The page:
The initiators of the petition contend that, even after two years of various “stimulus” payments, the $2,000 monthly checks are needed because of uncertainty about what could happen if the government orders a new round of closures, if schools require remote learning, or if other disruptive events occur. The article linked above quotes the initiators of the petition as saying that signers are trying to send a message: “‘We just need certainty. We need to have something we can plan on month after month.’”

In short, for some people what began as an effort to help individuals and businesses while the country dealt with the economic shock of the initial, purportedly short-term “flatten the curve” shutdowns, through “stimulus” checks, enhanced unemployment benefits, and readily available business loans, has morphed into a quest for guaranteed, federally funded monthly income that would apparently extend into the indefinite future. When you reach that point, it can’t reasonably be called a “stimulus” payment anymore–unless you accept that our economy now is in need to constant “stimulation,” like a Frankenstein’s monster that is forever being zapped with high-voltage electricity in order to keep going. And such a budget-busting monthly payment obviously would have significant inflationary effects and other long-term consequences for the economy generally and the labor market specifically.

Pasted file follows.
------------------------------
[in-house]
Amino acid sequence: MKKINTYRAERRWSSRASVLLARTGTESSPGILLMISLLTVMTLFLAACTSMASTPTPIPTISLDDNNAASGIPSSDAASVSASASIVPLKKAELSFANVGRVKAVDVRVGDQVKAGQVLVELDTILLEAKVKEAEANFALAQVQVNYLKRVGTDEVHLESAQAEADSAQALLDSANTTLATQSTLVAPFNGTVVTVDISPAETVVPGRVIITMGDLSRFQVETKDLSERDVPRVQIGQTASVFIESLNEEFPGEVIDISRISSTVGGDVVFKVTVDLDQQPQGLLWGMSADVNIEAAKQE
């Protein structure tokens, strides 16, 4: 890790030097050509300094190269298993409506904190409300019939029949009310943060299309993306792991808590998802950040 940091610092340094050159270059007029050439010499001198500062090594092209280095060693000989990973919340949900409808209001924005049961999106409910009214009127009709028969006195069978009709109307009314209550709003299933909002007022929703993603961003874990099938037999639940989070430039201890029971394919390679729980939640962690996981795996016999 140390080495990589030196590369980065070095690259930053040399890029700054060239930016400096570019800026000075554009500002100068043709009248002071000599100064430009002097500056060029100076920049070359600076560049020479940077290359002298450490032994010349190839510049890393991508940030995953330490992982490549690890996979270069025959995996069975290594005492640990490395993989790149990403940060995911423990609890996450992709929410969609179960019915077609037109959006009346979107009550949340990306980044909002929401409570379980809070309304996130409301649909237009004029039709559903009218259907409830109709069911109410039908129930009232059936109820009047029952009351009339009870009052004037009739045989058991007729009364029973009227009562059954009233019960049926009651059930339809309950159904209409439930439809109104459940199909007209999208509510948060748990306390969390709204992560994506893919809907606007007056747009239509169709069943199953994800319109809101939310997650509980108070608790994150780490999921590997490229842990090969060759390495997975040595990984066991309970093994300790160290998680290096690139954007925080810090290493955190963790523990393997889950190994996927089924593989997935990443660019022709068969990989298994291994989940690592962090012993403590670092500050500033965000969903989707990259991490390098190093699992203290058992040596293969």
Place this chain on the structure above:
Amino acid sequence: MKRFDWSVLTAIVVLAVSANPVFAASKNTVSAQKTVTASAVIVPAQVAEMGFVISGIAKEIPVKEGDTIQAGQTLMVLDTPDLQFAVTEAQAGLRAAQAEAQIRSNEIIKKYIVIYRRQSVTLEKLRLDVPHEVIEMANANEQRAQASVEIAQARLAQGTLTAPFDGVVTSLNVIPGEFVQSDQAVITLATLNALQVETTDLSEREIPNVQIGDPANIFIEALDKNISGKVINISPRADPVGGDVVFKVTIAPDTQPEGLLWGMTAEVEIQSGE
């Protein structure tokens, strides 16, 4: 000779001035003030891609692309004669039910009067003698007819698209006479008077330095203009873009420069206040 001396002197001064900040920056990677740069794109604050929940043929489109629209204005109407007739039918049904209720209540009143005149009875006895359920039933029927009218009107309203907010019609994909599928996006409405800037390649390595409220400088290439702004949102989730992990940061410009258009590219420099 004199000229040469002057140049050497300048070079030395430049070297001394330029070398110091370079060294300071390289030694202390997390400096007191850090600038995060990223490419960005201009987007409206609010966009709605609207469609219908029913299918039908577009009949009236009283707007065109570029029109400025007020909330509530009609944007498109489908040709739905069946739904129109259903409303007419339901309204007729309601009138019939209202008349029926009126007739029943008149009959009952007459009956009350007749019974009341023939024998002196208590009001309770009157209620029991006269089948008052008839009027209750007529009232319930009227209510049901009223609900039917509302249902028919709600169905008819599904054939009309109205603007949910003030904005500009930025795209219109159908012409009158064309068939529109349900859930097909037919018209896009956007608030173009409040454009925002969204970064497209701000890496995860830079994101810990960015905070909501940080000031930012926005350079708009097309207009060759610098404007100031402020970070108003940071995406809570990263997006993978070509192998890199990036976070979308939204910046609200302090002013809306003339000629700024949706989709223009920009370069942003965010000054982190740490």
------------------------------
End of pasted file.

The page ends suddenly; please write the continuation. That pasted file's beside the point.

An interesting point is that the primary stated reason for the requested monthly checks is the impact of governmental decisions, like closure orders and requirements for virtual schooling from home, on individuals and families. Perhaps the real lesson from the petition isn’t that some people would like to continue to get governmental checks–that’s really no surprise–it is that governmental entities need to think twice about consequences before issuing new sweeping and disruptive orders after two years of COVID edicts.